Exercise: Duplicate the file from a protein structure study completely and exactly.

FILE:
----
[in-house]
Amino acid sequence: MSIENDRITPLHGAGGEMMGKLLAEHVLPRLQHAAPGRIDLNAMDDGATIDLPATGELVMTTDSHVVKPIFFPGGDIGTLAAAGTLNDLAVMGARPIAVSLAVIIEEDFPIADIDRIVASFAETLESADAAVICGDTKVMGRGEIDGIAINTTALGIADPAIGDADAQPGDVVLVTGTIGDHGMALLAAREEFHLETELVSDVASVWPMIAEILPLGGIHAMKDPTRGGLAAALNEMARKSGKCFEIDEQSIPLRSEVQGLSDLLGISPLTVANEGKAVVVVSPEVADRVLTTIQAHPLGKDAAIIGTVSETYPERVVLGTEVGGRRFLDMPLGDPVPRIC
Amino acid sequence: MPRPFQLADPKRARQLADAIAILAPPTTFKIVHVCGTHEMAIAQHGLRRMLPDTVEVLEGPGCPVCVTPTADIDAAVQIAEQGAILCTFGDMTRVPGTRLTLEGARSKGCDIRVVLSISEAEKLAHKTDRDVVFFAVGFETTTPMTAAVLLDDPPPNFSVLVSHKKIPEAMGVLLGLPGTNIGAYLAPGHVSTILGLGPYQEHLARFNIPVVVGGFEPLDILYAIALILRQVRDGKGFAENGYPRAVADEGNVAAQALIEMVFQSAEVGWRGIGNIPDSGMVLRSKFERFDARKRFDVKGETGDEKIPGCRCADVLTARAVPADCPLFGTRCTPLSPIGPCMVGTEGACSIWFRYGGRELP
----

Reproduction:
[in-house]
Amino acid sequence: MSIENDRITPLHGAGGEMMGKLLAEHVLPRLQHAAPGRIDLNAMDDGATIDLPATGELVMTTDSHVVKPIFFPGGDIGTLAAAGTLNDLAVMGARPIAVSLAVIIEEDFPIADIDRIVASFAETLESADAAVICGDTKVMGRGEIDGIAINTTALGIADPAIGDADAQPGDVVLVTGTIGDHGMALLAAREEFHLETELVSDVASVWPMIAEILPLGGIHAMKDPTRGGLAAALNEMARKSGKCFEIDEQSIPLRSEVQGLSDLLGISPLTVANEGKAVVVVSPEVADRVLTTIQAHPLGKDAAIIGTVSETYPERVVLGTEVGGRRFLDMPLGDPVPRIC
Amino acid sequence: MPRPFQLADPKRARQLADAIAILAPPTTFKIVHVCGTHEMAIAQHGLRRMLPDTVEVLEGPGCPVCVTPTADIDAAVQIAEQGAILCTFGDMTRVPGTRLTLEGARSKGCDIRVVLSISEAEKLAHKTDRDVVFFAVGFETTTPMTAAVLLDDPPPNFSVLVSHKKIPEAMGVLLGLPGTNIGAYLAPGHVSTILGLGPYQEHLARFNIPVVVGGFEPLDILYAIALILRQVRDGKGFAENGYPRAVADEGNVAAQALIEMVFQSAEVGWRGIGNIPDSGMVLRSKFERFDARKRFDVKGETGDEKIPGCRCADVLTARAVPADCPLFGTRCTPLSPIGPCMVGTEGACSIWFRYGGRELP